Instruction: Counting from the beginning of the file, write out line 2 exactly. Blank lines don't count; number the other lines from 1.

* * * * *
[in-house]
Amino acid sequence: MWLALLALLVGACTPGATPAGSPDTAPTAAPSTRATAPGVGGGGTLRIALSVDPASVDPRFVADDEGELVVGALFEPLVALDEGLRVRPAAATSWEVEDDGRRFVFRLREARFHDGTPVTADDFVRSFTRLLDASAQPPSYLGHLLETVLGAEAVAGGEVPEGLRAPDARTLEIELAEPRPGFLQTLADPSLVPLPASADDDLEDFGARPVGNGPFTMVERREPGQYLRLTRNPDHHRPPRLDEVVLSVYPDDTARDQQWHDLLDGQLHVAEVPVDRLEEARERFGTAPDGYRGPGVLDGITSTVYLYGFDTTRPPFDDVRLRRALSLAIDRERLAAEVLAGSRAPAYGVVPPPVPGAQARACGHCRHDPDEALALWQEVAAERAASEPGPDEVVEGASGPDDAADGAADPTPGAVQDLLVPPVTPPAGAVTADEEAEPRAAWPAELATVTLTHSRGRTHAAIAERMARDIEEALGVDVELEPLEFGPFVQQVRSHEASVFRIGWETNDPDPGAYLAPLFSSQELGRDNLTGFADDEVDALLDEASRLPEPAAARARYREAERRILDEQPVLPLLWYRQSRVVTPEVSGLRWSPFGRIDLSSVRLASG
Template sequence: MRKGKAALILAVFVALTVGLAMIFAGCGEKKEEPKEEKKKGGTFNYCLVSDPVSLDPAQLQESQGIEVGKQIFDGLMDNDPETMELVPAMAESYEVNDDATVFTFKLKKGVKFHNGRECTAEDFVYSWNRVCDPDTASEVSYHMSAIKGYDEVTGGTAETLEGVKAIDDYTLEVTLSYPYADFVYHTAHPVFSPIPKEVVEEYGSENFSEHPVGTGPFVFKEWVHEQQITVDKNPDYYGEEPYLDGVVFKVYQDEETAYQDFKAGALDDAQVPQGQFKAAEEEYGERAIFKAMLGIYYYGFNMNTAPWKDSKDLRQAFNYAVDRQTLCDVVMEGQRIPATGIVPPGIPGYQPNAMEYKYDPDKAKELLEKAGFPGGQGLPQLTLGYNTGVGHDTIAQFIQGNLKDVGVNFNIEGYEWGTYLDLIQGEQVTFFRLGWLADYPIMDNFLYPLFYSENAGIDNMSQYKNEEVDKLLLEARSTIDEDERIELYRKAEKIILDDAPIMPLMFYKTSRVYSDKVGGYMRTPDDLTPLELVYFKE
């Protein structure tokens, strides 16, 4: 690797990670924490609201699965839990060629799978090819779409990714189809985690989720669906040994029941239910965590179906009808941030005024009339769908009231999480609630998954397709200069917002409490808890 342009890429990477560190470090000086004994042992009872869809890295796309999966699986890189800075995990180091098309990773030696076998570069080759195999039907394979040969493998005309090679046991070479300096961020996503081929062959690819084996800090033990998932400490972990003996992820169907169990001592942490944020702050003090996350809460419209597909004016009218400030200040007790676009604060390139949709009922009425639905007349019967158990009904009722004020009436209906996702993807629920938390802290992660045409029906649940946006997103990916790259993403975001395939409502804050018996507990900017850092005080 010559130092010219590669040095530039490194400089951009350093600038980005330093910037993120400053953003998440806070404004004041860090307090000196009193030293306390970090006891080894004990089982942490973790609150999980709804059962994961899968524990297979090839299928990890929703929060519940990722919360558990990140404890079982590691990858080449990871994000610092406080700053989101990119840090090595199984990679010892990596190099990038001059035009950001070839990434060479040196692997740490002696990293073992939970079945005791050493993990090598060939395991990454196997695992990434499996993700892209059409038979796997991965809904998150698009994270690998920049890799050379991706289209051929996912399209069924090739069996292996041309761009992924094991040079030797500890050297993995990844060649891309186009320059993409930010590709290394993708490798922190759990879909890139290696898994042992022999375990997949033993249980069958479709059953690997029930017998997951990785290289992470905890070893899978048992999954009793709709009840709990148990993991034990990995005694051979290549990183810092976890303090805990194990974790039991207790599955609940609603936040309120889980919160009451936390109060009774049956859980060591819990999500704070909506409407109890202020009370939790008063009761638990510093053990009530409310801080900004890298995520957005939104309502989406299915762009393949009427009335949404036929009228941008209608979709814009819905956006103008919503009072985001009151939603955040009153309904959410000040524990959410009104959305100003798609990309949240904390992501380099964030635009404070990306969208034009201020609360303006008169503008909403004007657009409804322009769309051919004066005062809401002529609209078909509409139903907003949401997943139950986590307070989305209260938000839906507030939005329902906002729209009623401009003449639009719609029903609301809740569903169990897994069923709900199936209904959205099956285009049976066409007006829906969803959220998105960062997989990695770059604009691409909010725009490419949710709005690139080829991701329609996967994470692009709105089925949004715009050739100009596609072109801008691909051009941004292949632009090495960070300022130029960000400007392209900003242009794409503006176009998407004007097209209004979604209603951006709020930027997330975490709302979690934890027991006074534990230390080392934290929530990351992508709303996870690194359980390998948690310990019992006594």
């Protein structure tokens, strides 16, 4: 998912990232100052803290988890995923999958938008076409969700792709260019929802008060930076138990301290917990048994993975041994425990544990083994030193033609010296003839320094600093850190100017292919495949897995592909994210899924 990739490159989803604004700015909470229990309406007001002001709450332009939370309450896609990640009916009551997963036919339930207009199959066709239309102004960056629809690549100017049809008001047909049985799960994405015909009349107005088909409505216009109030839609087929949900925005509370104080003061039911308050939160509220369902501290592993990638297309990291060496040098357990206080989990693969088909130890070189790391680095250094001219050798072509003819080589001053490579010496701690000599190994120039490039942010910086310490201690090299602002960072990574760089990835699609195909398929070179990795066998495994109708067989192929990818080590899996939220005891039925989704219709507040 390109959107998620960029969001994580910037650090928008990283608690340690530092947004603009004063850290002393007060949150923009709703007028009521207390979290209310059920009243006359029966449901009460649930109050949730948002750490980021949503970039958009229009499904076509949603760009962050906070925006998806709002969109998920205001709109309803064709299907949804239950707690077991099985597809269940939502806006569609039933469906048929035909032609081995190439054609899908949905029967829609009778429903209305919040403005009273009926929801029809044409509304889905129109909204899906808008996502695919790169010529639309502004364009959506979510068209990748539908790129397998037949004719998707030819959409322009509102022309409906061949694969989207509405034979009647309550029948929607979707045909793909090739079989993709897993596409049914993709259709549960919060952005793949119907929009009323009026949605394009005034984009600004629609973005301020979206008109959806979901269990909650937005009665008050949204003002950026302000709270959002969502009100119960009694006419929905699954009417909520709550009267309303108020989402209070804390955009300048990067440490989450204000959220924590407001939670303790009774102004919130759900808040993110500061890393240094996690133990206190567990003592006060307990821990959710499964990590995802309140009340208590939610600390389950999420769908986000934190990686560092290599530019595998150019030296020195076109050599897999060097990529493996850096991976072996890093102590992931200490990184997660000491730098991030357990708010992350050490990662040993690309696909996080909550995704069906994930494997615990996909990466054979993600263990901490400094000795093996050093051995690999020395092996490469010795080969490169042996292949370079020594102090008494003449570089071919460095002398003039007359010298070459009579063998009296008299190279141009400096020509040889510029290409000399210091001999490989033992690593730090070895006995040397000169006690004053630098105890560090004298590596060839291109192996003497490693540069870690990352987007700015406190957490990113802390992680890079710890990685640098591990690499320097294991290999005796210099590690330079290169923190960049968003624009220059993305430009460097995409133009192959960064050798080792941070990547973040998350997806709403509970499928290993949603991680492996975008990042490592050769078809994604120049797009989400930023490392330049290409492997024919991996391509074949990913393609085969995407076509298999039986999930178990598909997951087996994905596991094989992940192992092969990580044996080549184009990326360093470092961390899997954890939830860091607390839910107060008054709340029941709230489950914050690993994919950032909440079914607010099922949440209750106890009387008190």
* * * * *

Amino acid sequence: MWLALLALLVGACTPGATPAGSPDTAPTAAPSTRATAPGVGGGGTLRIALSVDPASVDPRFVADDEGELVVGALFEPLVALDEGLRVRPAAATSWEVEDDGRRFVFRLREARFHDGTPVTADDFVRSFTRLLDASAQPPSYLGHLLETVLGAEAVAGGEVPEGLRAPDARTLEIELAEPRPGFLQTLADPSLVPLPASADDDLEDFGARPVGNGPFTMVERREPGQYLRLTRNPDHHRPPRLDEVVLSVYPDDTARDQQWHDLLDGQLHVAEVPVDRLEEARERFGTAPDGYRGPGVLDGITSTVYLYGFDTTRPPFDDVRLRRALSLAIDRERLAAEVLAGSRAPAYGVVPPPVPGAQARACGHCRHDPDEALALWQEVAAERAASEPGPDEVVEGASGPDDAADGAADPTPGAVQDLLVPPVTPPAGAVTADEEAEPRAAWPAELATVTLTHSRGRTHAAIAERMARDIEEALGVDVELEPLEFGPFVQQVRSHEASVFRIGWETNDPDPGAYLAPLFSSQELGRDNLTGFADDEVDALLDEASRLPEPAAARARYREAERRILDEQPVLPLLWYRQSRVVTPEVSGLRWSPFGRIDLSSVRLASG